Cate Whittle (text), Stephen Michael King (illus.), Trouble and the New Kid (Trouble #3), Scholastic Australia, Feb 2017, 96pp., $9.99 (pbk), ISBN: 9781742990781
Georgia has been asked to help out the new kid in her school, Nina. Although Georgia isn’t really used to the role of welcoming committee, she welcomes the new kid anyway. Nina isn’t like any of the other kids at school. She is meticulous, arranges her pencils and things in a specific way, arranges her fruits before eating them, and doesn’t really like make-believe stories, preferring biographies instead. So when Georgia tries to tell Nina about Trouble, the dragon who is her friend and drops them off to the city every day, the new kid only says ‘Hmmph’. Even after their other classmates – like Kyle and Braedon – tell Nina that the dragon is real, she still refuses to believe. Georgia shows Nina the packet of potato chips and the bottle of sarsaparilla with Trouble’s image on it just to prove he is real, but still Nina says ‘Hmmph’.
It wouldn’t have been that bad except that Nina not believing Trouble’s existence is depressing the poor dragon. And because he’s sad that someone doesn’t believe he exists, he starts to fade a little each day. First it is just his colours, his slumped shoulders, his refusal to eat his favourite potato chips. But then it gets worse. Trouble becomes more and more see-through with each passing day. Georgia must find a way to make Nina believe, otherwise Trouble is just going to disappear completely.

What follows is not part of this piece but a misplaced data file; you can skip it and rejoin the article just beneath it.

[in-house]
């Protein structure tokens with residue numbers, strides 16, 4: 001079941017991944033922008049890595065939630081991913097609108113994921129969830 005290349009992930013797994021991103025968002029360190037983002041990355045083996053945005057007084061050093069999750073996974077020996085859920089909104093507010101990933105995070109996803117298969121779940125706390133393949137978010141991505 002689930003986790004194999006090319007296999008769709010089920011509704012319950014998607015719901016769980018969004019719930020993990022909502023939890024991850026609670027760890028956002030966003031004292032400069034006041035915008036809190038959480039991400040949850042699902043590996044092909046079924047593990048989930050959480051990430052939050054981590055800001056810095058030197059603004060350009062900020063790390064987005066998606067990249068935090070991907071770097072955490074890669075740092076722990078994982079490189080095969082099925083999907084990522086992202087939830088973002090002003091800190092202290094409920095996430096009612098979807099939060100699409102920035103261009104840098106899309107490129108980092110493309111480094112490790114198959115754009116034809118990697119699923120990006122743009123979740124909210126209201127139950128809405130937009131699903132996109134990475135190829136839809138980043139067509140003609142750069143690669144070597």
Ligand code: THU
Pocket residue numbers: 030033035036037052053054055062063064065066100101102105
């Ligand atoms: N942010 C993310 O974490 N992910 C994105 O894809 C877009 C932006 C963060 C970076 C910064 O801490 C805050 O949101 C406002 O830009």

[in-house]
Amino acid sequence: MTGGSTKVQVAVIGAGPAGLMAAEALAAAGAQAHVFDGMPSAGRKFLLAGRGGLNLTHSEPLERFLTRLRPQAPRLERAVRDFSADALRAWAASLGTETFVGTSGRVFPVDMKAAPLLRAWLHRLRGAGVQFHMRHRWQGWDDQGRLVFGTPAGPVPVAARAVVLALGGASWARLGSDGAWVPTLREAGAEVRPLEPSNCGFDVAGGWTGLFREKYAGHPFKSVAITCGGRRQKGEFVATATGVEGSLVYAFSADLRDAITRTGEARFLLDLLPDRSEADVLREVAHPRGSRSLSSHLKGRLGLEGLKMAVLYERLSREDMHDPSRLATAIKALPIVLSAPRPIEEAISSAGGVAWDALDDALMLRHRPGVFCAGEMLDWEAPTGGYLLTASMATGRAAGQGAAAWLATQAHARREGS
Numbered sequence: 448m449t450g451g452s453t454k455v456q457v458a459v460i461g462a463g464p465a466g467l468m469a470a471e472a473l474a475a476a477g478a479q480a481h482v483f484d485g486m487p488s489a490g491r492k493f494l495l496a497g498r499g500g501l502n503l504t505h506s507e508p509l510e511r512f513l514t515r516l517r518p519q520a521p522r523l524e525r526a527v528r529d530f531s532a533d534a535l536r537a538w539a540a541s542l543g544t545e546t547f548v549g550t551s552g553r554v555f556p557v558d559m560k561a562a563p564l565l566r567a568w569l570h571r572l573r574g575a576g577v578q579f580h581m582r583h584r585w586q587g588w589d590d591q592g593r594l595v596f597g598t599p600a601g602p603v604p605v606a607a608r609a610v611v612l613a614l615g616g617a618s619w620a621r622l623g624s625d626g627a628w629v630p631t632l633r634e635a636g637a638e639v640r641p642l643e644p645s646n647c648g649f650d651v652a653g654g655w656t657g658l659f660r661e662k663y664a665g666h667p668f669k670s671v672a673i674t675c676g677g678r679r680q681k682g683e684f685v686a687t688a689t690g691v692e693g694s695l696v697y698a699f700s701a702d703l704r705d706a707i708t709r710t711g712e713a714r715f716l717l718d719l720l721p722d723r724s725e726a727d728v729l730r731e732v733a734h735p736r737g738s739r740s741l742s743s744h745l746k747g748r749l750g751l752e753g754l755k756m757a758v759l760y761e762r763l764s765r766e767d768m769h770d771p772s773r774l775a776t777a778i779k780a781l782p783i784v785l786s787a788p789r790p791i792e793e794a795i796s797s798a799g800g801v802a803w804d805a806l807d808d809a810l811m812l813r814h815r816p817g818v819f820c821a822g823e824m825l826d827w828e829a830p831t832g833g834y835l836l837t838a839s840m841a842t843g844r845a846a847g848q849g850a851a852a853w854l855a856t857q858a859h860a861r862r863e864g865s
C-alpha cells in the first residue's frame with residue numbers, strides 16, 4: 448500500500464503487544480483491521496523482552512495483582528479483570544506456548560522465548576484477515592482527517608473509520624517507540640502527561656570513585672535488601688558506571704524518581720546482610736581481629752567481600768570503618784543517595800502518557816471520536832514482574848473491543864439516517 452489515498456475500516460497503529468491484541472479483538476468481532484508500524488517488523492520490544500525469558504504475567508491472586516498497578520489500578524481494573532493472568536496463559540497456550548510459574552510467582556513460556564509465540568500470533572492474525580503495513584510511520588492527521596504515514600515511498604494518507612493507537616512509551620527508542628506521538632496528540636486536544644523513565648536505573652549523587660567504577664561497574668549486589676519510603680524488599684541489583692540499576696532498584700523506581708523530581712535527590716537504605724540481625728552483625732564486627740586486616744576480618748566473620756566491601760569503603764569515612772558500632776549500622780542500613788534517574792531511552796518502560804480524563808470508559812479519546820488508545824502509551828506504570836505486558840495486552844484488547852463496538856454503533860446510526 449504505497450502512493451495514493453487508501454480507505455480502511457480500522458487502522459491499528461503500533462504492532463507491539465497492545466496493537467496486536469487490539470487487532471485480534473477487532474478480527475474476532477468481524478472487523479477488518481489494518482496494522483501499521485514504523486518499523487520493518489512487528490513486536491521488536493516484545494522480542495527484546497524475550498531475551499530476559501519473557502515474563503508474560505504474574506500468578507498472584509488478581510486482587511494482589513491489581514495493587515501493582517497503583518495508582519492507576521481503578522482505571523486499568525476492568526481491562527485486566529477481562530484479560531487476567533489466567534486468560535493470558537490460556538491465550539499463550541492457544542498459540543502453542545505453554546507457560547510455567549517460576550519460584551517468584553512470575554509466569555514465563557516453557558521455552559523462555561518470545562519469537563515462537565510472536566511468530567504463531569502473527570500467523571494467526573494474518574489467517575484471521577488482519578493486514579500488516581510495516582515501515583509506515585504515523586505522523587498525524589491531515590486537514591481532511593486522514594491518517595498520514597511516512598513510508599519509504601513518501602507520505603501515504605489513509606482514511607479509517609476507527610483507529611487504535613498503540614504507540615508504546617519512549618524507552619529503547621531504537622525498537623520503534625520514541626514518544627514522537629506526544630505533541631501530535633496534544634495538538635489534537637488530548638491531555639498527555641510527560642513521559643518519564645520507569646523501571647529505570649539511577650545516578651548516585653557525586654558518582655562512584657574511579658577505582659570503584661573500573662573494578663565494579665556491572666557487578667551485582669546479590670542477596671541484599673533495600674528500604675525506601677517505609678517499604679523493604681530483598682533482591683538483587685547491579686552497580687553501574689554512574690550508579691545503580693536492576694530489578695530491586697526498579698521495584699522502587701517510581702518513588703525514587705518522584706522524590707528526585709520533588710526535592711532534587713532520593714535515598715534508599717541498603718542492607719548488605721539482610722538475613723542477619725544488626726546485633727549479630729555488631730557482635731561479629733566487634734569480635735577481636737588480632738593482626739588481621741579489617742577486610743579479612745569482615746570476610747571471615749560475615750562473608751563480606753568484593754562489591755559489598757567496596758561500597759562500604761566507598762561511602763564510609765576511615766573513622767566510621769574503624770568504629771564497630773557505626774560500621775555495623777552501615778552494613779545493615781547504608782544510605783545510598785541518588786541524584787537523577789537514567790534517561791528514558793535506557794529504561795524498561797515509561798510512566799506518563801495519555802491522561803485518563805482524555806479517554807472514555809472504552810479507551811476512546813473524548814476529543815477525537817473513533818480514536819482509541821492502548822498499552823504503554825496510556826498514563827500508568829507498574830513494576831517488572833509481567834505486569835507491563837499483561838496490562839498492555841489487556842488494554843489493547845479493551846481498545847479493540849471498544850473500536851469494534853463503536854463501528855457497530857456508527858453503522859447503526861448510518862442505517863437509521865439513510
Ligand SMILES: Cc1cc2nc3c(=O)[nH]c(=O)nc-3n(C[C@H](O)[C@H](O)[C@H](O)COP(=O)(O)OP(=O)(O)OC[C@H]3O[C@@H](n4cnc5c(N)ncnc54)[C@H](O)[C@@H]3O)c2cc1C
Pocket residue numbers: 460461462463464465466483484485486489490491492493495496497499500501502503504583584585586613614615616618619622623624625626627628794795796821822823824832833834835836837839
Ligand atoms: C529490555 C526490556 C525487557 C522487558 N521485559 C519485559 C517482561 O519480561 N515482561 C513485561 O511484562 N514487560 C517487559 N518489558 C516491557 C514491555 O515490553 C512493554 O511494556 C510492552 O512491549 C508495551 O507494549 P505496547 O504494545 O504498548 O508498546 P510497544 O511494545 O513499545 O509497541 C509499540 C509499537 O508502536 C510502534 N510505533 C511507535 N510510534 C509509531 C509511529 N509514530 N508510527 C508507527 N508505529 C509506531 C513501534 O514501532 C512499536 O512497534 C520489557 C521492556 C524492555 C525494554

Trouble and the New Kid is an enjoyable book, great for young readers (and even old ones). The book is written from the point of view of Georgia, and what a point of view it is. She gets sidetracked with little commentaries about her classmates, her school, and her life in general. And they are hilarious little commentaries. The illustrations in the book are also fantastic — just as funny as the words.
If your child is into dragons, fantasy and all around funny books, they’ll love the Trouble series.
Reviewed by Kristyn Levis